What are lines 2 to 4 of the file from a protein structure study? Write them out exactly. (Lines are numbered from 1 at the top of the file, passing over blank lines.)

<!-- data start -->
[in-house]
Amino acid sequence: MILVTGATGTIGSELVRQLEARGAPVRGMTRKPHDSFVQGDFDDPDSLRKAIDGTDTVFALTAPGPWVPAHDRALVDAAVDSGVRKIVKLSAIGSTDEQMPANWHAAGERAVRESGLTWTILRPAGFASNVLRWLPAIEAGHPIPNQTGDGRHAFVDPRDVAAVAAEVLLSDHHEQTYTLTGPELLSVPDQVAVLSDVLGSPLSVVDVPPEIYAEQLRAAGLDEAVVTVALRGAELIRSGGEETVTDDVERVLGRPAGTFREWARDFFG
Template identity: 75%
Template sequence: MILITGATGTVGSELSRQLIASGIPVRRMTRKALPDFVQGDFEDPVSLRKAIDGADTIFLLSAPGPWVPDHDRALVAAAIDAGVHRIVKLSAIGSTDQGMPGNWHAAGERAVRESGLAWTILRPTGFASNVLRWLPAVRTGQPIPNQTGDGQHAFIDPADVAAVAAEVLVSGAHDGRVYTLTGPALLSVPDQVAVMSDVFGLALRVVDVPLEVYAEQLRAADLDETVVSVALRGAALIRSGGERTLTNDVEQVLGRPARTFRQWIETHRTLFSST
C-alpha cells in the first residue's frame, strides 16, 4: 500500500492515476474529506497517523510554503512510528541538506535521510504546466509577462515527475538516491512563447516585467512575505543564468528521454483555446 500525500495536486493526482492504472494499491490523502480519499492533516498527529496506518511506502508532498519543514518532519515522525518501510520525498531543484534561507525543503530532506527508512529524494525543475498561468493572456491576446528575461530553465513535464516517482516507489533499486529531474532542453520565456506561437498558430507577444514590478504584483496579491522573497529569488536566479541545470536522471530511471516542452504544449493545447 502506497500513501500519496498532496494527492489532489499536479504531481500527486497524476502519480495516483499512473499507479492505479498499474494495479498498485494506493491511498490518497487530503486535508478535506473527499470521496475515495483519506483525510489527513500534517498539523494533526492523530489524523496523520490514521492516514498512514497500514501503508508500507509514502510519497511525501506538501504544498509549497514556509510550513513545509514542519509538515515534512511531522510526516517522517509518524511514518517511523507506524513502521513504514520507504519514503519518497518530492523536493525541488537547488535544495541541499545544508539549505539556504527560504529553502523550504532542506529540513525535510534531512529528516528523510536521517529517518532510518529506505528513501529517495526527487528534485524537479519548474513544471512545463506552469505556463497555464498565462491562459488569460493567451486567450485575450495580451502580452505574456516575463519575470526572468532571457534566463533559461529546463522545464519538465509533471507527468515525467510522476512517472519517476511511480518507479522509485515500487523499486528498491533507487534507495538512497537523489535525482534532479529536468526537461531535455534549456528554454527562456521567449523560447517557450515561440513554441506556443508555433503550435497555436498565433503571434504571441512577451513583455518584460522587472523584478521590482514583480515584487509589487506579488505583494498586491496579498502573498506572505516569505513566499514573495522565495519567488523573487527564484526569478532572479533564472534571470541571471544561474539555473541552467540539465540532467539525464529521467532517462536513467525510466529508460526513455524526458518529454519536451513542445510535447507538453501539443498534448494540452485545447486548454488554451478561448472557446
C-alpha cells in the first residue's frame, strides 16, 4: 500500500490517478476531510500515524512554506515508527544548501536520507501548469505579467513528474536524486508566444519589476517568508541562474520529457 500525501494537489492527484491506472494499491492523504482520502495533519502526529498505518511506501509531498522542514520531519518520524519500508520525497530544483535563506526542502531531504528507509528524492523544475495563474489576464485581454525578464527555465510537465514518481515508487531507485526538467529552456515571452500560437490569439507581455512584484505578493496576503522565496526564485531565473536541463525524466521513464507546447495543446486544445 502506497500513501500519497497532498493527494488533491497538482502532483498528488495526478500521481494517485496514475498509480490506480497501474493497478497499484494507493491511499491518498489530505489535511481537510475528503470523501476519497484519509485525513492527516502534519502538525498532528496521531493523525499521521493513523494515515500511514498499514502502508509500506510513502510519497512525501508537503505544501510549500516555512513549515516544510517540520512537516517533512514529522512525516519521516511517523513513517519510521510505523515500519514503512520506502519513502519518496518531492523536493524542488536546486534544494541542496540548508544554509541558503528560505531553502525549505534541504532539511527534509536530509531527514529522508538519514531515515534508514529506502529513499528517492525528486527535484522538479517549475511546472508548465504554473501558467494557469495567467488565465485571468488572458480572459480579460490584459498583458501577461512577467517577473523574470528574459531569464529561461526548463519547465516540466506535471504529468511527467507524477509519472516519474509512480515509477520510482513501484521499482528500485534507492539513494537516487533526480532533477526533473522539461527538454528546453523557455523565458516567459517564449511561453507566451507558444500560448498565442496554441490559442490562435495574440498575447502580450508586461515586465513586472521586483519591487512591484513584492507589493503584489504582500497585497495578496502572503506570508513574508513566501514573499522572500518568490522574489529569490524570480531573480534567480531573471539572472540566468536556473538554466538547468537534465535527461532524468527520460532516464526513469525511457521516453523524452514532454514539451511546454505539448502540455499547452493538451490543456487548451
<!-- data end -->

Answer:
Amino acid sequence: MILVTGATGTIGSELVRQLEARGAPVRGMTRKPHDSFVQGDFDDPDSLRKAIDGTDTVFALTAPGPWVPAHDRALVDAAVDSGVRKIVKLSAIGSTDEQMPANWHAAGERAVRESGLTWTILRPAGFASNVLRWLPAIEAGHPIPNQTGDGRHAFVDPRDVAAVAAEVLLSDHHEQTYTLTGPELLSVPDQVAVLSDVLGSPLSVVDVPPEIYAEQLRAAGLDEAVVTVALRGAELIRSGGEETVTDDVERVLGRPAGTFREWARDFFG
Template identity: 75%
Template sequence: MILITGATGTVGSELSRQLIASGIPVRRMTRKALPDFVQGDFEDPVSLRKAIDGADTIFLLSAPGPWVPDHDRALVAAAIDAGVHRIVKLSAIGSTDQGMPGNWHAAGERAVRESGLAWTILRPTGFASNVLRWLPAVRTGQPIPNQTGDGQHAFIDPADVAAVAAEVLVSGAHDGRVYTLTGPALLSVPDQVAVMSDVFGLALRVVDVPLEVYAEQLRAADLDETVVSVALRGAALIRSGGERTLTNDVEQVLGRPARTFRQWIETHRTLFSST